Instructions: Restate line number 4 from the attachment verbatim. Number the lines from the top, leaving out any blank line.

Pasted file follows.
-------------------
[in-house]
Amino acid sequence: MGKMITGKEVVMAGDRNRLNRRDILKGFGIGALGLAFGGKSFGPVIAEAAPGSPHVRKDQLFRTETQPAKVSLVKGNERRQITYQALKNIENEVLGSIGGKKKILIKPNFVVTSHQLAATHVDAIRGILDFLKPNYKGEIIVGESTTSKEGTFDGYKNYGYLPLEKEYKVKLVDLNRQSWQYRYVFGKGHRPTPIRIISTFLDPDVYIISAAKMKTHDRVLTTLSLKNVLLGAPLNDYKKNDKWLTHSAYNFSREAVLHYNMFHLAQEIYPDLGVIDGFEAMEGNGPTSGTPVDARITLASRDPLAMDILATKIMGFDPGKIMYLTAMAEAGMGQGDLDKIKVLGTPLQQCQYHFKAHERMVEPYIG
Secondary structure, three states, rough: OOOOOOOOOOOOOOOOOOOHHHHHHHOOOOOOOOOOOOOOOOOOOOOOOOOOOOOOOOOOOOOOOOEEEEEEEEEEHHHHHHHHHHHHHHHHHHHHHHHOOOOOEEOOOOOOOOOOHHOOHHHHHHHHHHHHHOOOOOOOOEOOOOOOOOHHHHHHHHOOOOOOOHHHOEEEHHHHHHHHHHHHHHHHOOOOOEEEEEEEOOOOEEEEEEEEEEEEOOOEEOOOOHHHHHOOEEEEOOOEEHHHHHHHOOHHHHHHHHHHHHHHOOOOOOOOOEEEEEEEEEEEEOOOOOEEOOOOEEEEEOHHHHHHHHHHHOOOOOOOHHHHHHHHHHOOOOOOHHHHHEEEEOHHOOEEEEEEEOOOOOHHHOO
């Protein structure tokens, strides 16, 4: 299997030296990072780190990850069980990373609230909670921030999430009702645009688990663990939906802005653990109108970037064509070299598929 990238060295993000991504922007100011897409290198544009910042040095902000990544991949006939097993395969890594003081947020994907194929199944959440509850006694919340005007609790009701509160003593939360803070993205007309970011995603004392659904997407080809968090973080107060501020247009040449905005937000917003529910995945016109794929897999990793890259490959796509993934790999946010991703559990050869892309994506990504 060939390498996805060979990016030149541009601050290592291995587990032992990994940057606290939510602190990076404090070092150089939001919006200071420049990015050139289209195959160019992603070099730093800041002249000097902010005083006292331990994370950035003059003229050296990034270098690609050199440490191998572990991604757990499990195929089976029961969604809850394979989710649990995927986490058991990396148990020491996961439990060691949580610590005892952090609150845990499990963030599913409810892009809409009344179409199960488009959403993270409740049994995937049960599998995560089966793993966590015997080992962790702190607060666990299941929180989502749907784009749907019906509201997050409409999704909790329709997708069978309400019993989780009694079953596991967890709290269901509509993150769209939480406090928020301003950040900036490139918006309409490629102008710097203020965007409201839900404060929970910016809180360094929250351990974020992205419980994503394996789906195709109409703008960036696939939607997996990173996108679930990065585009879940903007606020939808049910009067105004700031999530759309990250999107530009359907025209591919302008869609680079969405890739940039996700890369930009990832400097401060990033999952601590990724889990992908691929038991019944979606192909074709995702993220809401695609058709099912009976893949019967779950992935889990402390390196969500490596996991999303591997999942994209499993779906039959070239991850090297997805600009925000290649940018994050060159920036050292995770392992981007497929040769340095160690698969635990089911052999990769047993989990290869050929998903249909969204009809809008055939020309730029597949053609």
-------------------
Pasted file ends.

């Protein structure tokens, strides 16, 4: 299997030296990072780190990850069980990373609230909670921030999430009702645009688990663990939906802005653990109108970037064509070299598929 990238060295993000991504922007100011897409290198544009910042040095902000990544991949006939097993395969890594003081947020994907194929199944959440509850006694919340005007609790009701509160003593939360803070993205007309970011995603004392659904997407080809968090973080107060501020247009040449905005937000917003529910995945016109794929897999990793890259490959796509993934790999946010991703559990050869892309994506990504 060939390498996805060979990016030149541009601050290592291995587990032992990994940057606290939510602190990076404090070092150089939001919006200071420049990015050139289209195959160019992603070099730093800041002249000097902010005083006292331990994370950035003059003229050296990034270098690609050199440490191998572990991604757990499990195929089976029961969604809850394979989710649990995927986490058991990396148990020491996961439990060691949580610590005892952090609150845990499990963030599913409810892009809409009344179409199960488009959403993270409740049994995937049960599998995560089966793993966590015997080992962790702190607060666990299941929180989502749907784009749907019906509201997050409409999704909790329709997708069978309400019993989780009694079953596991967890709290269901509509993150769209939480406090928020301003950040900036490139918006309409490629102008710097203020965007409201839900404060929970910016809180360094929250351990974020992205419980994503394996789906195709109409703008960036696939939607997996990173996108679930990065585009879940903007606020939808049910009067105004700031999530759309990250999107530009359907025209591919302008869609680079969405890739940039996700890369930009990832400097401060990033999952601590990724889990992908691929038991019944979606192909074709995702993220809401695609058709099912009976893949019967779950992935889990402390390196969500490596996991999303591997999942994209499993779906039959070239991850090297997805600009925000290649940018994050060159920036050292995770392992981007497929040769340095160690698969635990089911052999990769047993989990290869050929998903249909969204009809809008055939020309730029597949053609």